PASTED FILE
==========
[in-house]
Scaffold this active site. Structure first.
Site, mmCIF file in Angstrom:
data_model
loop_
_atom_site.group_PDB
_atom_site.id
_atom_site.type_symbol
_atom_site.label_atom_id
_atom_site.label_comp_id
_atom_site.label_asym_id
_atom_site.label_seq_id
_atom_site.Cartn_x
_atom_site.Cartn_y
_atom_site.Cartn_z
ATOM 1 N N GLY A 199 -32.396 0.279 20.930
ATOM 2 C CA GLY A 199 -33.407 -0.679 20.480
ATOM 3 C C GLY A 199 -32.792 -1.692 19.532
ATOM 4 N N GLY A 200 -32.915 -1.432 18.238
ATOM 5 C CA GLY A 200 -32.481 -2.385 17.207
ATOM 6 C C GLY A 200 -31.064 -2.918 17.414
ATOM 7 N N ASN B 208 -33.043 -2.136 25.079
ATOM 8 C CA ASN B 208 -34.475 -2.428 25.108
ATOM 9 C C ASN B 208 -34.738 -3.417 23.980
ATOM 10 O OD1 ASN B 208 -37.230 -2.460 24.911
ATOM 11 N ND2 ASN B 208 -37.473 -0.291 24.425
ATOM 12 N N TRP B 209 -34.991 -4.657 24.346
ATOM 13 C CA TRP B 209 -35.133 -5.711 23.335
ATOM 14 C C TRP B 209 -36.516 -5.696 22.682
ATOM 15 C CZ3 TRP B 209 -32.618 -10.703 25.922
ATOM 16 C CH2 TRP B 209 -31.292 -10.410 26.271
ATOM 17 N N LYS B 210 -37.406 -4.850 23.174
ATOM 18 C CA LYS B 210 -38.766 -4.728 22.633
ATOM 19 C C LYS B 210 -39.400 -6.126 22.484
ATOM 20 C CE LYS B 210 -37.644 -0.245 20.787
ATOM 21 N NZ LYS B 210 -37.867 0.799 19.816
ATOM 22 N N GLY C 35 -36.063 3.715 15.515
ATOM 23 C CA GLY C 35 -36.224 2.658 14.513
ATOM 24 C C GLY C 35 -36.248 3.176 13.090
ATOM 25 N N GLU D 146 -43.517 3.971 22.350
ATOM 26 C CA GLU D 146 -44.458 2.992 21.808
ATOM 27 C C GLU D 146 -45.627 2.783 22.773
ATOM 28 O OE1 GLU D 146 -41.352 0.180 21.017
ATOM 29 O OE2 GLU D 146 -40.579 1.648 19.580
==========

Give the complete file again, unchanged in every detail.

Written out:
[in-house]
Scaffold this active site. Structure first.
Site, mmCIF file in Angstrom:
data_model
loop_
_atom_site.group_PDB
_atom_site.id
_atom_site.type_symbol
_atom_site.label_atom_id
_atom_site.label_comp_id
_atom_site.label_asym_id
_atom_site.label_seq_id
_atom_site.Cartn_x
_atom_site.Cartn_y
_atom_site.Cartn_z
ATOM 1 N N GLY A 199 -32.396 0.279 20.930
ATOM 2 C CA GLY A 199 -33.407 -0.679 20.480
ATOM 3 C C GLY A 199 -32.792 -1.692 19.532
ATOM 4 N N GLY A 200 -32.915 -1.432 18.238
ATOM 5 C CA GLY A 200 -32.481 -2.385 17.207
ATOM 6 C C GLY A 200 -31.064 -2.918 17.414
ATOM 7 N N ASN B 208 -33.043 -2.136 25.079
ATOM 8 C CA ASN B 208 -34.475 -2.428 25.108
ATOM 9 C C ASN B 208 -34.738 -3.417 23.980
ATOM 10 O OD1 ASN B 208 -37.230 -2.460 24.911
ATOM 11 N ND2 ASN B 208 -37.473 -0.291 24.425
ATOM 12 N N TRP B 209 -34.991 -4.657 24.346
ATOM 13 C CA TRP B 209 -35.133 -5.711 23.335
ATOM 14 C C TRP B 209 -36.516 -5.696 22.682
ATOM 15 C CZ3 TRP B 209 -32.618 -10.703 25.922
ATOM 16 C CH2 TRP B 209 -31.292 -10.410 26.271
ATOM 17 N N LYS B 210 -37.406 -4.850 23.174
ATOM 18 C CA LYS B 210 -38.766 -4.728 22.633
ATOM 19 C C LYS B 210 -39.400 -6.126 22.484
ATOM 20 C CE LYS B 210 -37.644 -0.245 20.787
ATOM 21 N NZ LYS B 210 -37.867 0.799 19.816
ATOM 22 N N GLY C 35 -36.063 3.715 15.515
ATOM 23 C CA GLY C 35 -36.224 2.658 14.513
ATOM 24 C C GLY C 35 -36.248 3.176 13.090
ATOM 25 N N GLU D 146 -43.517 3.971 22.350
ATOM 26 C CA GLU D 146 -44.458 2.992 21.808
ATOM 27 C C GLU D 146 -45.627 2.783 22.773
ATOM 28 O OE1 GLU D 146 -41.352 0.180 21.017
ATOM 29 O OE2 GLU D 146 -40.579 1.648 19.580